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India/Pakistan






KASHMIR IN FOCUS
PART 2: How India lost hearts and minds

By Sudha Ramachandran

BANGALORE - If in 1947-48 the Kashmiris welcomed Indian forces and joined hands with them to drive back the Pakistani tribal invaders, since 1989 they have been fighting the Indian forces with arms supplied by Pakistan.

In 1965, Pakistan sent several hundreds of military and paramilitary personnel disguised as civilians into Indian-administered Kashmir to generate an uprising. It had calculated that the Kashmiris, buoyed by Pakistani support, would rise in revolt against India. That never happened. Instead, the Kashmiri Muslims turned in the Pakistanis in large numbers.

But by 1989, popular sentiment in the Valley had turned deeply hostile to New Delhi. What happened to trigger of this anger?

Grave lapses by successive governments in New Delhi and Srinagar precipitated the alienation of the Kashmiris from India. India's record shows lapses at least on five counts: failure to respect the state's autonomy, rigged elections, corruption, slow pace of economic development and frequent use to coercive measures to deal with dissent.

Kashmir's autonomy was guaranteed under Article 370 of the Indian constitution, whereby the state's accession was limited to defense, foreign affairs and communications. Other subjects could be extended only with the "concurrence" of the state government. New Delhi received this concurrence by installing governments through rigged elections. Administrations that did not comply were dismissed for "anti-national activities".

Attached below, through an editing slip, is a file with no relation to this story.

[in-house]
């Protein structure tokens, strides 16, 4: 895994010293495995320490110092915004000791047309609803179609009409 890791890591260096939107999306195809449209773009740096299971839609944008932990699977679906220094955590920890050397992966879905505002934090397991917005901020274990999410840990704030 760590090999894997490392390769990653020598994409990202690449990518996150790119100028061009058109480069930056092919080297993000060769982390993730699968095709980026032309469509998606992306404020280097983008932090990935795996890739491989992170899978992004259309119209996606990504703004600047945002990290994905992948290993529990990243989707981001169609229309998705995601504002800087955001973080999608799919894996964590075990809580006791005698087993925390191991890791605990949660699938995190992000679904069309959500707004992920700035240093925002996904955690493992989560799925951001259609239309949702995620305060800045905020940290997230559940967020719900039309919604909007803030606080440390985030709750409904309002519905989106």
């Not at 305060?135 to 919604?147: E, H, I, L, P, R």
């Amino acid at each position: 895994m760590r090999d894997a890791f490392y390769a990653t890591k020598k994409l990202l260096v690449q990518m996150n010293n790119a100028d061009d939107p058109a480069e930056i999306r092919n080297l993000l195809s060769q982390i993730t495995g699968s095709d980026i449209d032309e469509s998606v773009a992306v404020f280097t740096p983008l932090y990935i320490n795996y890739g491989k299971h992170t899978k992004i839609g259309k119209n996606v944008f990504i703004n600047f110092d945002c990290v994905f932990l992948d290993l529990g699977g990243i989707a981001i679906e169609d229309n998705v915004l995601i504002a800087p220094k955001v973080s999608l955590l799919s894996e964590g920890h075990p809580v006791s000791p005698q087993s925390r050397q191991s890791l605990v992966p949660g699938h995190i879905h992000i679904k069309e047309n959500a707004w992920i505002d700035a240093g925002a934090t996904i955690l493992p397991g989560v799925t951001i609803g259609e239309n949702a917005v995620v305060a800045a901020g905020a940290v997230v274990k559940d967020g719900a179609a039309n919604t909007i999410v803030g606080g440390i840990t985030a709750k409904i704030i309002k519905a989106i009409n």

While most elections in Kashmir have been rigged, what was distinctive about the 1987 election was that fraud was combined with violence. Polling agents of the Muslim United Front (MUF) were thrown out of booths and beaten up. Several of those who subsequently joined the militant ranks were eyewitnesses to the electoral fraud perpetrated by the Indian state.

The 1987 election undermined the Kashmiris' faith in the ballot box. It convinced the youth that with the ballot having failed them, they would have to turn to the bullet to deliver.

In the 1987 elections, then, New Delhi lost the minds of the Kashmiri people. In 1990, it lost their hearts as well when security forces killed scores of protesters at Gau Kadal. The underground militant movement was transformed into a popular uprising. The sheer size of street protests challenging Indian rule and their spontaneity shook New Delhi as never before.

The militants believed that India would lose the will to govern, but they had miscalculated. India was ready to reveal its iron fist if it was required to keep Kashmir under control. Troops were deployed to quell the insurgency and by 1993-94 the tide had turned in India's favor. The Indian security forces succeeded in breaking the back of the militancy.